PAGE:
Madre, the Pizzateca crew’s Neapolitan city restaurant, has closed for good after its owners chose not to renew the lease. Co-owner Tony Mitolo tells Broadsheet he and the team, including Naples-born pizzaiolo Ettore Bertonati, had come to a “fork in the road”.

“We finished our initial lease term, so the question for us was do we continue for another three years or do we put our energy into other projects and new projects like One Sneaky Cheetah,” he says.

“We had a really good year and a half before Covid swept through the CBD, which we’re very grateful for. But the last period has been extremely tough in the CBD, and everywhere, really, so it hasn’t made things easy, but we fought through it and it just seemed like the most sensible time for us to end the project.”

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The team announced the closure on social media on Saturday night, following its final service.

“It's with heavy hearts that we have made the decision to close the doors to Madre for good,” the post on Instagram reads. “We have been lucky enough to enjoy three beautiful years as a part of the Gilbert Street community, creating and sharing what we love. Every minute has been a blessing. While the sun sets on our final weekend on Gilbert St, we wish to extend sincere gratitude, humble thanks and a heartfelt farewell to our loyal customers, suppliers and most of all, our staff – past and present.”

The beautiful Neapolitan-inspired restaurant, which made a splash early on for its use of Italian seawater in its sourdough pizzas, opened in August 2019 – eight months before the pandemic largely shut down Australia’s hospitality industry. But Mitolo says the team had been able to push on through the past couple years – until staffing shortages and then the Omicron surge proved too much.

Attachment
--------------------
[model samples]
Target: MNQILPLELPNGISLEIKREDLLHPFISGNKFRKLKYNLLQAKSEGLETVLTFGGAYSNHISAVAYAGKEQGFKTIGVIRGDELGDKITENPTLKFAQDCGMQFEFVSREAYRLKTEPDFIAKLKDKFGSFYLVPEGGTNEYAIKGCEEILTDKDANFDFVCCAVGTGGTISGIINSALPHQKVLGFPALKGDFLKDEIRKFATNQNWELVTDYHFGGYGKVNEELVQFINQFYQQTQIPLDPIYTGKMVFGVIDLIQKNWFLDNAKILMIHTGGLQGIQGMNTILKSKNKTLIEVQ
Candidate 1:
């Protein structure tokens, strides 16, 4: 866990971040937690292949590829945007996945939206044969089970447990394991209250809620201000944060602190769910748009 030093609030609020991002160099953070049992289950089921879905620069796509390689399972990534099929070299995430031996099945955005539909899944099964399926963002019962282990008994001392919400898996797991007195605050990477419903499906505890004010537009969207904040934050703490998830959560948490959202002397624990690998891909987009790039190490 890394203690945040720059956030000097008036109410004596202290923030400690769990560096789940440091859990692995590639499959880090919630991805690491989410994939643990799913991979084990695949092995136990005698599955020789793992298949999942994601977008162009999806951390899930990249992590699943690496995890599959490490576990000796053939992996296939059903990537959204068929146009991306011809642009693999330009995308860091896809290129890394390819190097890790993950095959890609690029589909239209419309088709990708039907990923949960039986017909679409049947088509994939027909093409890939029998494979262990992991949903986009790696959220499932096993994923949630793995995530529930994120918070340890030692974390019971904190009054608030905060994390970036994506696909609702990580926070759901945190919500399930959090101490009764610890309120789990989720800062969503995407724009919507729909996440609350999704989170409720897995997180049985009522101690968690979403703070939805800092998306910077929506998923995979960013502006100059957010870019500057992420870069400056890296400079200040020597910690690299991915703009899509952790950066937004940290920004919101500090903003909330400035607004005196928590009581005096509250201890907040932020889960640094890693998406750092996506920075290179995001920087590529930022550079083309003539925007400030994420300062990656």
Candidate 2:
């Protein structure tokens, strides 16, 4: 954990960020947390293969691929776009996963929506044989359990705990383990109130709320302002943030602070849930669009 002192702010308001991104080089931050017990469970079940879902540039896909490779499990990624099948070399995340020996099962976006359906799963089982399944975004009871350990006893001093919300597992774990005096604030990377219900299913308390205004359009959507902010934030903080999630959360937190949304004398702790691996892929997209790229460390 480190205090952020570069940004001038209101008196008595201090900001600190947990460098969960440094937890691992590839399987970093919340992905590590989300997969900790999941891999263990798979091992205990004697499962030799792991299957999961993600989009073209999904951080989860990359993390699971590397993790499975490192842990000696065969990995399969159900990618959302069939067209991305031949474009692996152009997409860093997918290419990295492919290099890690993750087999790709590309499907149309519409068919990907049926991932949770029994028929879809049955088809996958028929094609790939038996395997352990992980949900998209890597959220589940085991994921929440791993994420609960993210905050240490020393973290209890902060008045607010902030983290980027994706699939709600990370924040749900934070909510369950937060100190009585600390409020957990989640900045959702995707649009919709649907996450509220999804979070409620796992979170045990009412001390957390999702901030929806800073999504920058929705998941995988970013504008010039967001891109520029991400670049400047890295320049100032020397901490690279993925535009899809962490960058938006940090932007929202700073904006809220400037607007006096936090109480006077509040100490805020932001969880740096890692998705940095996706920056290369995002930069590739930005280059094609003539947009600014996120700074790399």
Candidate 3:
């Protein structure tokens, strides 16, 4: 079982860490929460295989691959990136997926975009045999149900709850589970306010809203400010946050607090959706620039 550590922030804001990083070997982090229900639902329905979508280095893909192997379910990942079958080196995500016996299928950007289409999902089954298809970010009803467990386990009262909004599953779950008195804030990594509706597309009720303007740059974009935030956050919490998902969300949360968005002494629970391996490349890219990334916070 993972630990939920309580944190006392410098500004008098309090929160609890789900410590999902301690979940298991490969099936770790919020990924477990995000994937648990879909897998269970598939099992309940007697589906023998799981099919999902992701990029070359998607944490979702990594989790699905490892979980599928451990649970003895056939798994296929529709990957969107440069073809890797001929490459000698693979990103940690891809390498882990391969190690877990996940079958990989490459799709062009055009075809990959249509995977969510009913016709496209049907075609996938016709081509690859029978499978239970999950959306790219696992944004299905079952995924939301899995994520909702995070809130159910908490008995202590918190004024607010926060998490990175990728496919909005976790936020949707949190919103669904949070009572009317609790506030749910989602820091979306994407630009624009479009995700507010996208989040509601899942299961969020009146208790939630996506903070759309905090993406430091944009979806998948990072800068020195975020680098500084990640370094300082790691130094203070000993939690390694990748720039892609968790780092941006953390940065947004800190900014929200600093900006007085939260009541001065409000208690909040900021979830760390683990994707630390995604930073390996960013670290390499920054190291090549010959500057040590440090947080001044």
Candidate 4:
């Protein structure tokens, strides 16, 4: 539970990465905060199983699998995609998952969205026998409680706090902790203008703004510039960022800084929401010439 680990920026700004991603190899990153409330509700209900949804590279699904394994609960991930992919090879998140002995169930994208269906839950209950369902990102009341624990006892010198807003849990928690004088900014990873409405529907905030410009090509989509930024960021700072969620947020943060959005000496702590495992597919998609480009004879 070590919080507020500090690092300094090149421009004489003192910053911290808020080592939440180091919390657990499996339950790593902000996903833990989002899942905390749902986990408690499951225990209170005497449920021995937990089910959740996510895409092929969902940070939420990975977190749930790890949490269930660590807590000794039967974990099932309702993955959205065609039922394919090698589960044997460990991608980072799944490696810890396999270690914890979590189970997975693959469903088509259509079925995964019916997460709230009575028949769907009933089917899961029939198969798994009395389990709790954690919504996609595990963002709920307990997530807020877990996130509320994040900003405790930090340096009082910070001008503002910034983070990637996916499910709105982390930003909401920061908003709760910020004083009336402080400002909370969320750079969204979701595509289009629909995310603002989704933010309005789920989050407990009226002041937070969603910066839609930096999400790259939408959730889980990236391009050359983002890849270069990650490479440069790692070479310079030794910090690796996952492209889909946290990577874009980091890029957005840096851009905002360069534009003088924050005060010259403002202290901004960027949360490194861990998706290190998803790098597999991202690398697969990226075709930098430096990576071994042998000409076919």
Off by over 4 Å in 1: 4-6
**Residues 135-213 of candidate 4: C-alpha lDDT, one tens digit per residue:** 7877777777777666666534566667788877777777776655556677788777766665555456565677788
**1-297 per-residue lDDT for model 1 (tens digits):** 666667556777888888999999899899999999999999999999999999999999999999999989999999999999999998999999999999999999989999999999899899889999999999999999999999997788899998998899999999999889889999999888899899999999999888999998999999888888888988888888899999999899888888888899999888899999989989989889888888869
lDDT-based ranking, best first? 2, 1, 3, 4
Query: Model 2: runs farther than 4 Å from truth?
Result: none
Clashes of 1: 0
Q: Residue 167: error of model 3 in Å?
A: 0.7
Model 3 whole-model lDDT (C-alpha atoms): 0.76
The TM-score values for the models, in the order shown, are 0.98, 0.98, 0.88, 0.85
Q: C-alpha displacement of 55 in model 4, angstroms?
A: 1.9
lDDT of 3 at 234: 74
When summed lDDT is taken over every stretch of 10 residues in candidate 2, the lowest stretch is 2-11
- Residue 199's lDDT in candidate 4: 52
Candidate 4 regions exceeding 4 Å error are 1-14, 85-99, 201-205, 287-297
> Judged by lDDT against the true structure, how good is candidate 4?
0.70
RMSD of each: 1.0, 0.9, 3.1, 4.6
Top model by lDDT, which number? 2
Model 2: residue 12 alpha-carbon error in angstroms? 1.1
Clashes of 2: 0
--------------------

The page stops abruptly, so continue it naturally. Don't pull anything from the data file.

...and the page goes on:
“We did everything we could, we did click-and-collects, we adapted … we were delivering some pizzas, dropping off wine, we changed our whole business model like everyone did. We were lucky we had pizza at least, because it is something people are used to getting in a takeaway format,” says Mitolo.

“But it’s really difficult post-Covid to be able to offer what we offered when we started Madre, and that comes down to staffing … having consistent kitchen staff, to have a consistent offering. Not because people don’t want to work but because we can’t find skilled pizza-makers, with that fornaio or pizzaiolo [training].

“We wouldn’t even have been able to operate Madre through Fringe – just because we can’t find the staff.” (During the Fringe season the Pizzateca and Madre teams are spread across their Sugateca pop-up and their shipping container stall at Gluttony.)

The team is now putting its energy into its newest venue, One Sneaky Cheetah, which opened in Ridleyton in December. Mitolo says the takeaway-focused venue has been so busy there have been regular lines out the door.

“We’ve had a huge response. We had a huge response from the press and from people responding to that. A lot of it has been that connection to Madre and Pizzateca … so it’s been really cool.”

Bertonati will now spend more time at Sneaky Cheetah. And with more freedom, he plans to host pizza-making classes for home cooks and aspiring pizzaiolos. “Which will hopefully kill two birds with one stone,” says Mitolo. “We want to hook into the culinary schools in South Australia, like Tafe courses, and put it out that we can help people get some work, even while they’re studying to be a chef or a cook and teach them a pretty cool skill like hand-stretching pizza and cooking woodfired pizza and different dough recipes and different techniques. That’s something Ettore is quite passionate about, sharing that skill.

“And with so many home wood ovens now, we think it’ll be cool for someone to come in for three or four hours on a Saturday, learn how to make a dough, stretch some pizza, eat some pizza, have a glass of wine and talk to a master about it and take that home.”

Mitolo is reflective about the closure. “It’s a tough time but it makes sense,” he says. “If you remove the emotions from it – you have to sometimes do that and it’s a hard thing to do – it’s sad to close or end any project but any story has to wrap up in the end. It’s about putting energy where you feel it’s needed.”